In addition to the cytoplasmic meshwork, the actin cortex has been proposed to have a crucial role in asymmetric spindle positioning. After meiosis I resumption, the actin cortex becomes thicker and an inner, less dense, actin layer forms (Chaigne et al., 2013). This cortical thickening is independent of the formin-2 or Spire1/2 proteins, but requires the activity of the Arp2/3 complex, a nucleator of branched actin networks (Azoury et al., 2008; Chaigne et al., 2013; Pfender et al., 2011). This subcortical thickening correlates with cortical tension (Chaigne et al., 2013), the regulation of which appears to be crucial for correct spindle migration, as an either too high or too low cortical tension inhibits migration (Chaigne et al., 2013, 2015). The exclusion of myosin-2 from the cortex after NEBD decreases cortical tension, and transduces pulling forces from spindle poles to the cortex, promoting spindle migration (Chaigne et al., 2013; Larson et al., 2010) (see poster).
Thus, spindle migration from the center to the cortex in meiosis I (MI) oocytes relies on a variety of actin-dependent pathways. Recently, asymmetries of the spindle that are present prior to spindle migration were suggested to predict the direction of migration to the cortex (Wu et al., 2018); however, how these link to the described actin pathways involved in spindle migration is not yet known. Once the spindle has reached its peripheral position, an actin cap forms, which is described in the next section.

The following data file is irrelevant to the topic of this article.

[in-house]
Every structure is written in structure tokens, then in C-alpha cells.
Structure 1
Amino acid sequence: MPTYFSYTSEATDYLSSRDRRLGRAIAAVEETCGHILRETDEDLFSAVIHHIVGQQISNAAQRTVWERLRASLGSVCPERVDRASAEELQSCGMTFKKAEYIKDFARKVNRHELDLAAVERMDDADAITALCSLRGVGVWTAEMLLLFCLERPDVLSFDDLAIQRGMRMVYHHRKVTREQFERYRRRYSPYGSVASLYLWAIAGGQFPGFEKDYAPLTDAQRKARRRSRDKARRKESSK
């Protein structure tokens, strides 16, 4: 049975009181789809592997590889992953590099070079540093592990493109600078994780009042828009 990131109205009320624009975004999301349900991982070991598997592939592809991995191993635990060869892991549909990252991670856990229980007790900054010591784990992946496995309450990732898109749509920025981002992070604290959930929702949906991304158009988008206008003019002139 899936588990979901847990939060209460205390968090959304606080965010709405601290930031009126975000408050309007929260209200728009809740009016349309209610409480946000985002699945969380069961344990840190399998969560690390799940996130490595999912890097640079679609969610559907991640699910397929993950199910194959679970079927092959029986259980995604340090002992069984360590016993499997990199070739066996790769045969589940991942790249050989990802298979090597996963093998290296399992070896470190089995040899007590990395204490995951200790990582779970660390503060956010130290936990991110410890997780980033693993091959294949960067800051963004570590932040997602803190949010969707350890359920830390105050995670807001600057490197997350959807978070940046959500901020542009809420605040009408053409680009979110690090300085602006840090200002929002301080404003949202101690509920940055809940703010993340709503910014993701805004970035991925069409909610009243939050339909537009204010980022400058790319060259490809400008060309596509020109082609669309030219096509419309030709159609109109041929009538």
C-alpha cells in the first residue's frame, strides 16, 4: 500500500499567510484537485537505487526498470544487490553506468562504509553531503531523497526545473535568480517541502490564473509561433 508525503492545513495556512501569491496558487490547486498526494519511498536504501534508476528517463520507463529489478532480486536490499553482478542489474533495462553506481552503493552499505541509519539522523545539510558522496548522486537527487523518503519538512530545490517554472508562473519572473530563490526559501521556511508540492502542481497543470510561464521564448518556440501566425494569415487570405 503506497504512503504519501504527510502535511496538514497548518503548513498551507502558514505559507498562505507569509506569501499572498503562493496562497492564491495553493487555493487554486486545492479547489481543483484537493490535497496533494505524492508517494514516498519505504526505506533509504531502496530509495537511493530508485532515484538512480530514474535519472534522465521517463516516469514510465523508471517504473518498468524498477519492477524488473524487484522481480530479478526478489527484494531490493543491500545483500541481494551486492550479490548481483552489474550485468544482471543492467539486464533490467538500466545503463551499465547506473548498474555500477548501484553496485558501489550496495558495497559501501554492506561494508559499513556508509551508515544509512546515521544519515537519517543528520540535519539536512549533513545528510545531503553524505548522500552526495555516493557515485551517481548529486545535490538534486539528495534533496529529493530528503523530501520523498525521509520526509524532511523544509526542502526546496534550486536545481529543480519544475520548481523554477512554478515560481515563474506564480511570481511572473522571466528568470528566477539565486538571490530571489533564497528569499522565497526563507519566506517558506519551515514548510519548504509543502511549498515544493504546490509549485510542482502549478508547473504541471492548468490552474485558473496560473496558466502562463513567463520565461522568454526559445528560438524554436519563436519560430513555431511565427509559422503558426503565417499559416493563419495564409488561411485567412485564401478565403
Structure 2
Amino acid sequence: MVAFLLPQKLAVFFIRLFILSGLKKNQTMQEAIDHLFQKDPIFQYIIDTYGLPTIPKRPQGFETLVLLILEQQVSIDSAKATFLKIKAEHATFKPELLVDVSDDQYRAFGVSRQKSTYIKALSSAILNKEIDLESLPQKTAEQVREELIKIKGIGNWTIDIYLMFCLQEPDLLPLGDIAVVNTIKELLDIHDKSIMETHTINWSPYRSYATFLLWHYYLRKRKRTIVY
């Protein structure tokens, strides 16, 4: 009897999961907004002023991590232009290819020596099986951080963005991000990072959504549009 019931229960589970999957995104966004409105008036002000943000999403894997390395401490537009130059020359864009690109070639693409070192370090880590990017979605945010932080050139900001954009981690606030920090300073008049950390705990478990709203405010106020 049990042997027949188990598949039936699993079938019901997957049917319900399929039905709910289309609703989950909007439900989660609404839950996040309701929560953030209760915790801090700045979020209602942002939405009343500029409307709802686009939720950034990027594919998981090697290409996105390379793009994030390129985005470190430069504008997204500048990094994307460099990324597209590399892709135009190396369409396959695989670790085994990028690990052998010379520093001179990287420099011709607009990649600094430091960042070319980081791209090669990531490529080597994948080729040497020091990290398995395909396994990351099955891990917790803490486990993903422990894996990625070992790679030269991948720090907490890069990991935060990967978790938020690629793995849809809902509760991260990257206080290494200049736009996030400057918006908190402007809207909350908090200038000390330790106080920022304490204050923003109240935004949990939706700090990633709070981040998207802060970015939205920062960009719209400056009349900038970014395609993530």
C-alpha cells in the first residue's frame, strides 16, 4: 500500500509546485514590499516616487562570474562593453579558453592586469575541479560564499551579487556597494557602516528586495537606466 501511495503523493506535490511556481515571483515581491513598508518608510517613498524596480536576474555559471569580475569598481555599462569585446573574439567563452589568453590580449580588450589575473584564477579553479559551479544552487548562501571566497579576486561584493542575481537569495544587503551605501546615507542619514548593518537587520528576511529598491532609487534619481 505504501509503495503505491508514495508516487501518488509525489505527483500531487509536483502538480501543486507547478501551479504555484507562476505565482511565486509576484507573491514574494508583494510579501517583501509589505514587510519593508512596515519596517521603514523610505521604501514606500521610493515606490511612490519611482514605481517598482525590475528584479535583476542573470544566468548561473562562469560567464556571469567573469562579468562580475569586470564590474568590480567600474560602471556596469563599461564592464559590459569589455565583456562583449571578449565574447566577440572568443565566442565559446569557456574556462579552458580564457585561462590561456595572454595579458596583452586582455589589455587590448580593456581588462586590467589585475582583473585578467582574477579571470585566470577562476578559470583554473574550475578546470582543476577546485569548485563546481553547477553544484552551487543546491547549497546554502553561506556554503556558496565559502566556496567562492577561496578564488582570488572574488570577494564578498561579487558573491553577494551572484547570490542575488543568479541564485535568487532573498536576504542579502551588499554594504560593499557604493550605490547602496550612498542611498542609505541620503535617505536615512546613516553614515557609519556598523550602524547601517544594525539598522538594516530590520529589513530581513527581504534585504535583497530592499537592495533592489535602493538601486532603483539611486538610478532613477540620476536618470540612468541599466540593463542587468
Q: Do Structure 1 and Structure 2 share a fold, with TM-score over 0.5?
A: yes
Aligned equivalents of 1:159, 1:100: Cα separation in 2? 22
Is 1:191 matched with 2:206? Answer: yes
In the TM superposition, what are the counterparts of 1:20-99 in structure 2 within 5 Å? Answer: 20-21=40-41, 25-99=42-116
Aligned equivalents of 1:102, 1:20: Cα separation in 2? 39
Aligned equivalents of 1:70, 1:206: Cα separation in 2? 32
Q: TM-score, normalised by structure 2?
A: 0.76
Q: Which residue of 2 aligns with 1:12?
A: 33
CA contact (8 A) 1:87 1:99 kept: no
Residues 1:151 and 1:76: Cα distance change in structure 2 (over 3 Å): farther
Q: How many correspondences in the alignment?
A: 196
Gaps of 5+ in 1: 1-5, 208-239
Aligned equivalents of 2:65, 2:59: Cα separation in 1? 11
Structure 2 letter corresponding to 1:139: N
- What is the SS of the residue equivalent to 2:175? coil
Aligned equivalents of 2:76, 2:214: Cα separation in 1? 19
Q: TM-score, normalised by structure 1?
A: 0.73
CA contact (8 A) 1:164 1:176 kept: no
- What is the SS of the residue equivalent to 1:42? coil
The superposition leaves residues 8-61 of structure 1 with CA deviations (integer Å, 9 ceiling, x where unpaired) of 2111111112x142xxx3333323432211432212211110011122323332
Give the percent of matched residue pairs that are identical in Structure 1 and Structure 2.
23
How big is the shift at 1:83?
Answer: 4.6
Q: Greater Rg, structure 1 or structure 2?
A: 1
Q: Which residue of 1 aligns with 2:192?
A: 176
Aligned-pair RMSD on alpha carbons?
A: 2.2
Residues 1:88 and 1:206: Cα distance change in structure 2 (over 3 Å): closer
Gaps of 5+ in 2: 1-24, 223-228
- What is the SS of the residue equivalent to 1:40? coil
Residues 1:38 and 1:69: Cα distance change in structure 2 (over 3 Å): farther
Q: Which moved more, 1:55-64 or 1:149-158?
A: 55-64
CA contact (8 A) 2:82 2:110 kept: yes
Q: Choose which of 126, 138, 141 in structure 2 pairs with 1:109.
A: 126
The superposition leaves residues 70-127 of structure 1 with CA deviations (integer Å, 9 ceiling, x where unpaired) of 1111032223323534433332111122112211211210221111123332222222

Chromosome-induced cortical polarization
Prophase I-arrested oocytes are not polarized and are surrounded by a uniform layer of cortical actin; their surface is covered homogenously by microvilli promoting the binding of sperm to the egg and fusion (Runge et al., 2007). During spindle migration, the cortex becomes polarized. First, the actin cortex directly overlying the meiotic apparatus thickens, forming the actin cap (Longo and Chen, 1985), which is thought to be involved in anchoring the spindle during meiosis II (see poster). Furthermore, microvilli are lost in this area to prevent entry of sperm in the vicinity of the maternal chromosomes and the possibly fatal capture of sperm chromosomes by the maternal meiosis II spindle (Luo et al., 2009).
The cortical polarization above the meiotic spindle is dependent on DNA, and does not require the microtubules of the spindle (Deng et al., 2007). The small GTPase Ran, known for its role in spindle assembly around chromosomes (reviewed in Clarke and Zhang, 2008), concentrates and forms a gradient around meiotic chromosomes (Dumont et al., 2007b). Furthermore, Ran-GTP regulates the recruitment and activation of Arp2/3 through the nucleation-promoting factor N-WASP (also known as WASL) in the adjacent cortex (Yi et al., 2011). Consistent with this, DNA-coated beads proximal to the cortex are sufficient to induce actin cap formation, and cortical polarization fails after injection of dominant-negative RanT24N (Deng et al., 2007). Inhibition of the Rho GTPase Cdc42 results in loss of the actin cap above meiotic spindles due to N-WASP delocalization and subsequent Arp2/3 deactivation (Dehapiot et al., 2013; Yi et al., 2011). Thus, chromosomes themselves provide the Ran-GTP-dependent spatial cue to induce actin polymerization.
Spindle anchorage during meiosis II arrest
After completion of meiosis I and extrusion of the first polar body, the second meiotic spindle forms around the remaining chromosomes adjacent to the cortex. The oocyte arrests at metaphase II until fertilization, while the meiosis II spindle remains stably anchored below the actin cap (Liu et al., 2000; Maro et al., 1984) (see poster).